Rather than acting as a placeholder for someone who has clearly left the norms of humanity and gone to an outer ‘extreme,’ the protagonist of Dog War II is in the process of transformation—from an opponent of a repressive government to a corrupt money-maker profiting from the despair of others. He is neither inherently good nor bad. This reflects a Nasrallah’s position that “the conditions of man determine his actions”—protagonist Rashid is the product of his own society. His sensitive and even humorous portrayal shows the ‘line’ between regime opponent and extremist (though he is more of a corrupt businessman than an ‘extremist’ as the news uses the word today) is quite blurred. “We have everything within us,” Nasrallah insists. “This is something we explore in literature.”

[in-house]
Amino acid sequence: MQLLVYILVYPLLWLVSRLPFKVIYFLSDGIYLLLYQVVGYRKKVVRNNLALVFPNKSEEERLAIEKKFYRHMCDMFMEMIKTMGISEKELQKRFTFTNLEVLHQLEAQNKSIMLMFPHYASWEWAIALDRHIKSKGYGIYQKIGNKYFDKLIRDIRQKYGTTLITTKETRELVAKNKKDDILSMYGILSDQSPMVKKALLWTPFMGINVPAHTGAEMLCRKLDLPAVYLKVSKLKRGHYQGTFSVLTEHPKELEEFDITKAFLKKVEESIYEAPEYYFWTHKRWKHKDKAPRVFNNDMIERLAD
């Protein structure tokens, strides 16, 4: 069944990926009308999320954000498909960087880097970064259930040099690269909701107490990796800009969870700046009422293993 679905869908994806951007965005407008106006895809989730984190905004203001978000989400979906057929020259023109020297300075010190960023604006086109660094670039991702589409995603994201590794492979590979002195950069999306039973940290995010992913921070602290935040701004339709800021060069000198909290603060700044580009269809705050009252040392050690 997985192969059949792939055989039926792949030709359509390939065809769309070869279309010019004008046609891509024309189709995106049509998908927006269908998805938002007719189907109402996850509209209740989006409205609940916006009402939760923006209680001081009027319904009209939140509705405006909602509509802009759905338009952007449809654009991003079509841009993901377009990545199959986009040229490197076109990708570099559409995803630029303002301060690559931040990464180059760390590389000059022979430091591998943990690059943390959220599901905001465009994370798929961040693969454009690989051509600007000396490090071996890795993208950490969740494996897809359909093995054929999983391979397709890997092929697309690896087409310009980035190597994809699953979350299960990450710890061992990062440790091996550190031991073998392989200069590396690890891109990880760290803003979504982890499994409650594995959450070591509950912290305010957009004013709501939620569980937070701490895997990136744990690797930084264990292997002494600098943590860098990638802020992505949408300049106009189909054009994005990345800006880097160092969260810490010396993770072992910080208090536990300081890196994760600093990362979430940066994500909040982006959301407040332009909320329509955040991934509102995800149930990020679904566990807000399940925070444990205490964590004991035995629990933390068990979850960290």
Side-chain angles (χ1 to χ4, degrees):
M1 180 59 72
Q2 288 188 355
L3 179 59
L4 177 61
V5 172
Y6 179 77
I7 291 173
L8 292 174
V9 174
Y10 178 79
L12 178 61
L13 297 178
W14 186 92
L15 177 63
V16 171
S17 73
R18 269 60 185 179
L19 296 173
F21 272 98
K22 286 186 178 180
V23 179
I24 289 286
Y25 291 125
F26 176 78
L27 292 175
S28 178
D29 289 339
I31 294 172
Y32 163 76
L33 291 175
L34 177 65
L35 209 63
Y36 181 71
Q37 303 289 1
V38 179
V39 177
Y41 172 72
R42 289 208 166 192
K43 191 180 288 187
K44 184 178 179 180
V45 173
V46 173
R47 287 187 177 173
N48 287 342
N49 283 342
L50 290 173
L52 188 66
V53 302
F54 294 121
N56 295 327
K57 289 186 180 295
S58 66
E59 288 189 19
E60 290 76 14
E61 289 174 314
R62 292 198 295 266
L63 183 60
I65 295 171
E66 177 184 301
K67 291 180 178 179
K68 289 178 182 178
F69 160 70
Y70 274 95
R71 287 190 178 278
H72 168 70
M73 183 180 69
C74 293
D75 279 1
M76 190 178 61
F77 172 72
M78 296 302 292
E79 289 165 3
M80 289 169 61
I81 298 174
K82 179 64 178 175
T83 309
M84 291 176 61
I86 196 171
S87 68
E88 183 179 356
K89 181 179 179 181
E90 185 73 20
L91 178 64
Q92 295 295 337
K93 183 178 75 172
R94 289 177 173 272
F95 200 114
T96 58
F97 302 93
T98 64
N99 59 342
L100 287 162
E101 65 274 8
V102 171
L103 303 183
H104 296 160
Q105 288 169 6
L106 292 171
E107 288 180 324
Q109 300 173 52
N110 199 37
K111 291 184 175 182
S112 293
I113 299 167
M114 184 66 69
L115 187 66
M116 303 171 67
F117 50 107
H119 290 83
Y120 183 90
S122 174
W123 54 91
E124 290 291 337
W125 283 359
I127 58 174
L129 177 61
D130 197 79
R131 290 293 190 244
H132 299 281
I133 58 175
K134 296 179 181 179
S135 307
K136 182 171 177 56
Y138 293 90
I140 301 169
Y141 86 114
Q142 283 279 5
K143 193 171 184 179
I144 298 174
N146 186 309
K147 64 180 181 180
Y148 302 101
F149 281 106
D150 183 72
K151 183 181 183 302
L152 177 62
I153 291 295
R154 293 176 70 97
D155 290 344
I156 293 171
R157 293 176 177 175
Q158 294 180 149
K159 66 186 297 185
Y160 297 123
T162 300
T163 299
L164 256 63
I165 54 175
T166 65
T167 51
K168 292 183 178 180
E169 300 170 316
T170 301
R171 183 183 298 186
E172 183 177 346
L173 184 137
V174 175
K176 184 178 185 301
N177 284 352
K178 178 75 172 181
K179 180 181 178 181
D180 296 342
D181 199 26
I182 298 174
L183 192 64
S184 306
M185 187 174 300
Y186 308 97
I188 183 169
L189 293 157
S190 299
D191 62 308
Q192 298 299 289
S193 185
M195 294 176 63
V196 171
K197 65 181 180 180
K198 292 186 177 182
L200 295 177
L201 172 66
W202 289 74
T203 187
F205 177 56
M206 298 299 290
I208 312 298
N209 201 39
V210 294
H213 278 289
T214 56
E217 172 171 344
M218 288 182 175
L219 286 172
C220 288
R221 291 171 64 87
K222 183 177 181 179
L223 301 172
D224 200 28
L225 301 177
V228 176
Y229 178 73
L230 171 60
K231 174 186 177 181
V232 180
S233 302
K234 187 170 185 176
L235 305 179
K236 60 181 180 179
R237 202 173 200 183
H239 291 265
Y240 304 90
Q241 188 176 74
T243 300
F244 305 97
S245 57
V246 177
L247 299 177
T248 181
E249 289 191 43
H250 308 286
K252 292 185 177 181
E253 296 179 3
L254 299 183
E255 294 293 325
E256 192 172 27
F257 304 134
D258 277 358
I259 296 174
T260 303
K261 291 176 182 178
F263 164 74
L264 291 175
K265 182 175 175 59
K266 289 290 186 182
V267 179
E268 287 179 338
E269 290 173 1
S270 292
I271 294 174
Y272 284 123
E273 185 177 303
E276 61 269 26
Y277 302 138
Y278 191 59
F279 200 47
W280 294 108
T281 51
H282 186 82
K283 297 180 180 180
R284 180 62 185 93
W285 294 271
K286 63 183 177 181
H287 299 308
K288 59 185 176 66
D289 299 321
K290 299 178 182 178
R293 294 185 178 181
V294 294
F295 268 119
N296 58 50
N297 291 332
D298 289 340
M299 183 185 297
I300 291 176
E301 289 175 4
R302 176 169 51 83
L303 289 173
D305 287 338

4) A wake-up call
The text has been called deeply pessimistic, and comments from Nasrallah about the writing process and his observations of the world as he wrote Dog War II seem at first to back this up. “We are surrounded by terror,” he said in London during his 2017 book launch. “The novel is a scream,” a plea to see things as they are, and to recognize the presence of future destruction in all the things we do and are. “We carry our destructive impulses in us wherever we go,” the author warned his audience. The key here, and what the novel explores, is the dichotomy whereby: “Individuals create hope, [but] collectives create despair.” It is what we do as societies, the structures we live in and normalize that create the dark future Nasrallah imagines. What the novel shows is the delicate relationship between the individual and society, and it asks its readers to look critically at how, “In a herd, man loses his mind.”